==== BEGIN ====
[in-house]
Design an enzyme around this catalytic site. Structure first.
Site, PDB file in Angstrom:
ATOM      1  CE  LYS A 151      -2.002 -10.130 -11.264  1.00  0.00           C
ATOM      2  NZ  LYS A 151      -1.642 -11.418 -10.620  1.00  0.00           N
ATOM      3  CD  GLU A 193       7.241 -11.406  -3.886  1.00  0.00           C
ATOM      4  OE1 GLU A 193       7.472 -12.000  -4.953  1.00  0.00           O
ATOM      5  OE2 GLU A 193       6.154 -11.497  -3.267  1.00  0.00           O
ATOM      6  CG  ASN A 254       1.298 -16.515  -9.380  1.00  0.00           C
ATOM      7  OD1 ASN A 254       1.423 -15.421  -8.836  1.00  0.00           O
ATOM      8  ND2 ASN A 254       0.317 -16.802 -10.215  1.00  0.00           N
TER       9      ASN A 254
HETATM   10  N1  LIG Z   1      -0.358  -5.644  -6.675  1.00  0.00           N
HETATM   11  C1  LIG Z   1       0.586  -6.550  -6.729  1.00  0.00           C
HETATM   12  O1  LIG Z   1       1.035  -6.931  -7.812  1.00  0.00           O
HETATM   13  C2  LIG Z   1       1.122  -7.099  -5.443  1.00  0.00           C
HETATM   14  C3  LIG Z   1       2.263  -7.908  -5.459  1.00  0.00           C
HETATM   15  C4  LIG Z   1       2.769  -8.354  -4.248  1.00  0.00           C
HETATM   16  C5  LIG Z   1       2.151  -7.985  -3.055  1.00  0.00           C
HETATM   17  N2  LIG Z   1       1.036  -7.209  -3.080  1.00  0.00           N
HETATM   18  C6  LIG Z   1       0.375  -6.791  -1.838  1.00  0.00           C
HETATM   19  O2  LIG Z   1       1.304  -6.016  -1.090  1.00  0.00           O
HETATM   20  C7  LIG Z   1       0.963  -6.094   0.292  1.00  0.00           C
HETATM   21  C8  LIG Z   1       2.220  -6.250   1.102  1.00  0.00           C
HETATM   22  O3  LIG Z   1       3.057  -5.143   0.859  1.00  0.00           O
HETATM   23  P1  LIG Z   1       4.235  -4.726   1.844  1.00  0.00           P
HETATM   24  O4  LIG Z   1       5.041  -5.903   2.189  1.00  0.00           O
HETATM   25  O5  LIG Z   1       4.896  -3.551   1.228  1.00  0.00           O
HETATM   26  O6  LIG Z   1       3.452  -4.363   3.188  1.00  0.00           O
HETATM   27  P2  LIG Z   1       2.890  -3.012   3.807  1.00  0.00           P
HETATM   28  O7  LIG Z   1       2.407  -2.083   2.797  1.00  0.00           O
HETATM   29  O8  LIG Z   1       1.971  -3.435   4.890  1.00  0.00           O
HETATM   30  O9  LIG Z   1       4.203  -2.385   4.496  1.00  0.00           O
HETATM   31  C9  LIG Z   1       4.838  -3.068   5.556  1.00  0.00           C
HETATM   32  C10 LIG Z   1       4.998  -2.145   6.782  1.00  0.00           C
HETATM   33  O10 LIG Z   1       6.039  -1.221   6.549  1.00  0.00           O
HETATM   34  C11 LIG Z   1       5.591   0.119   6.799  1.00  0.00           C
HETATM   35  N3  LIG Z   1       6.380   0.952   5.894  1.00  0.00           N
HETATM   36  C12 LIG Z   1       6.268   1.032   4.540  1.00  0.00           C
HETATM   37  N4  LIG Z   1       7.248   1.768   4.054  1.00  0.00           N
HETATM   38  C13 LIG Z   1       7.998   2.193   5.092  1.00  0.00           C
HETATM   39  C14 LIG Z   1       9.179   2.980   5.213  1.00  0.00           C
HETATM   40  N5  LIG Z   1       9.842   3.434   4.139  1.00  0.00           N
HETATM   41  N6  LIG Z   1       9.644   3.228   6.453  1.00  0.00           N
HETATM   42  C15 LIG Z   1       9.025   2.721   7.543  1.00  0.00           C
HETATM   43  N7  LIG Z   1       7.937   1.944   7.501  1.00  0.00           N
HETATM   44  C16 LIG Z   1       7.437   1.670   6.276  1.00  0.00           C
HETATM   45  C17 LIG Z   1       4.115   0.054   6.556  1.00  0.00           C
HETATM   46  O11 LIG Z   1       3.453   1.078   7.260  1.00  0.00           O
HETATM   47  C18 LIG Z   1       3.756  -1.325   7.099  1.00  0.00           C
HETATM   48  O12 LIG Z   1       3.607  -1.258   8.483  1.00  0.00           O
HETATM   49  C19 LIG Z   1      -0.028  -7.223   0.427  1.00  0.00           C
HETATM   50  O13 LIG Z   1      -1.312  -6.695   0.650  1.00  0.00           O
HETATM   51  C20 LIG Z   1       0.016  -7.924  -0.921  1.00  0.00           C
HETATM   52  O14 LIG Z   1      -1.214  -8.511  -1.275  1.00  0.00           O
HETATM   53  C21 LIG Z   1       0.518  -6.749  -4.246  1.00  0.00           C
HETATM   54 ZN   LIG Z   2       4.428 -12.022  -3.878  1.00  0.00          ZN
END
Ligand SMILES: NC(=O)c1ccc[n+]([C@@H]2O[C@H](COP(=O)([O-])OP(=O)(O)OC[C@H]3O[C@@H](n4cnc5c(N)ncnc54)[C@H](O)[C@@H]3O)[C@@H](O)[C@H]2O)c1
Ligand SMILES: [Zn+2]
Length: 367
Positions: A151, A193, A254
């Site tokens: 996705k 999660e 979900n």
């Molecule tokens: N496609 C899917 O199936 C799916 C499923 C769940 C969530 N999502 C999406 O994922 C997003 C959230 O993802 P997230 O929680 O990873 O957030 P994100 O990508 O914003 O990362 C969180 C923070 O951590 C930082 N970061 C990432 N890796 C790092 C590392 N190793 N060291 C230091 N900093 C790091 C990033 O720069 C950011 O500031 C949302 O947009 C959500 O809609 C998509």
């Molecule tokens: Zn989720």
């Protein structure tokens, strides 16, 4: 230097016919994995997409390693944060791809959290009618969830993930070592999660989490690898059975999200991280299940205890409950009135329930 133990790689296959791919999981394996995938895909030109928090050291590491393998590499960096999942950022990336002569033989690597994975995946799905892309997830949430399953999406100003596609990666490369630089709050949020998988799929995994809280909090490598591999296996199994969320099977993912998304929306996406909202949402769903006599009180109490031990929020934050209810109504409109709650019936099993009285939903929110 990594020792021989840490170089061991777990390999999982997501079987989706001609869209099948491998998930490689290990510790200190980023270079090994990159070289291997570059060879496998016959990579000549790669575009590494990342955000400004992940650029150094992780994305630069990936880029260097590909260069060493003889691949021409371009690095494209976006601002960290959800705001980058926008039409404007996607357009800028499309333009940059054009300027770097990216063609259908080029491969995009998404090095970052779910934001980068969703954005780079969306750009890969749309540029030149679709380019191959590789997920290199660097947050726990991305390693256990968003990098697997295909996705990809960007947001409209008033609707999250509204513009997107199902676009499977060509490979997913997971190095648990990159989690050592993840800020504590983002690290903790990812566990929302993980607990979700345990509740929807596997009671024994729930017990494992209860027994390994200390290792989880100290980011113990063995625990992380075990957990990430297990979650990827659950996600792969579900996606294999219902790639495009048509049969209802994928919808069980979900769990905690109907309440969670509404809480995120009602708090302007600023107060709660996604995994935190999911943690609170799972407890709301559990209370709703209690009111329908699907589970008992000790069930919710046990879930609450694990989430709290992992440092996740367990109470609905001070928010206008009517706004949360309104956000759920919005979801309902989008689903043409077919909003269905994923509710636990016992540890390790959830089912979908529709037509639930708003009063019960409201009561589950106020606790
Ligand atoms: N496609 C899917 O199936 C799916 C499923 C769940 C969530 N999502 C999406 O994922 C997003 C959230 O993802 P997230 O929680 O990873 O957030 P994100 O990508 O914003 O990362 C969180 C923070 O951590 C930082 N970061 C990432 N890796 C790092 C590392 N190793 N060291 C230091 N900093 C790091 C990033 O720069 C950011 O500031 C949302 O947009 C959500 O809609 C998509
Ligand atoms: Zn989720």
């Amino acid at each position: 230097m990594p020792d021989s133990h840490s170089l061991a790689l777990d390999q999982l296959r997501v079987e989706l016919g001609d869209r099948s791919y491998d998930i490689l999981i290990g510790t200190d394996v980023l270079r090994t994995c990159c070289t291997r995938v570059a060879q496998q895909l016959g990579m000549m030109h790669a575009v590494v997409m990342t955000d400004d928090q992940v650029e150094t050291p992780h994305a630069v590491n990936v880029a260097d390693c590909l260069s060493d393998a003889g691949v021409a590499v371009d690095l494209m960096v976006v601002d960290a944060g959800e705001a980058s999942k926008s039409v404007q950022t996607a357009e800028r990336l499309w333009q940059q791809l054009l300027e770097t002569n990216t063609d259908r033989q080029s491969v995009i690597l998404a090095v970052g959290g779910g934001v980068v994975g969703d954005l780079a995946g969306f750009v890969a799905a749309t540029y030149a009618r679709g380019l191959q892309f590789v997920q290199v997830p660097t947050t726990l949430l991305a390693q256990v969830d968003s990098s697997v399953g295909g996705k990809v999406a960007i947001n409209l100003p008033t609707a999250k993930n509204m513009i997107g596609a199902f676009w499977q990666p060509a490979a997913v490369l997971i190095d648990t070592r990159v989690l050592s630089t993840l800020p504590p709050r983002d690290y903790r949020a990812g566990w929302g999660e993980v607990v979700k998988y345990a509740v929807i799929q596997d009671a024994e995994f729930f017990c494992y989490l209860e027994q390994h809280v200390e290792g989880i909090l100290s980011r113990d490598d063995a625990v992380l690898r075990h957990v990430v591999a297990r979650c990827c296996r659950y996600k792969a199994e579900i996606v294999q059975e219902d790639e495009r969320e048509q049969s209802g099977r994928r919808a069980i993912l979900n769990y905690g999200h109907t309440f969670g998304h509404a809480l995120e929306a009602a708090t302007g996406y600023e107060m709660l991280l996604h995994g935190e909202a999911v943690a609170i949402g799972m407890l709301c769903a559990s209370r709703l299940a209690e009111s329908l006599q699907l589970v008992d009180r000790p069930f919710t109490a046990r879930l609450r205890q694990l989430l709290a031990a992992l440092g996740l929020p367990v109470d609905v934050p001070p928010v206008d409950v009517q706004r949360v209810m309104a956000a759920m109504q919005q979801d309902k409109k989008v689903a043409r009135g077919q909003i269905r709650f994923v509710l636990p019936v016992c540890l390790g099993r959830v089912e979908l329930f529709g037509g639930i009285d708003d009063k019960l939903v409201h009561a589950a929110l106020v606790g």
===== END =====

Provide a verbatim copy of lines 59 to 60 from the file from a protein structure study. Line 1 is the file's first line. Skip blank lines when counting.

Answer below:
Ligand SMILES: NC(=O)c1ccc[n+]([C@@H]2O[C@H](COP(=O)([O-])OP(=O)(O)OC[C@H]3O[C@@H](n4cnc5c(N)ncnc54)[C@H](O)[C@@H]3O)[C@@H](O)[C@H]2O)c1
Ligand SMILES: [Zn+2]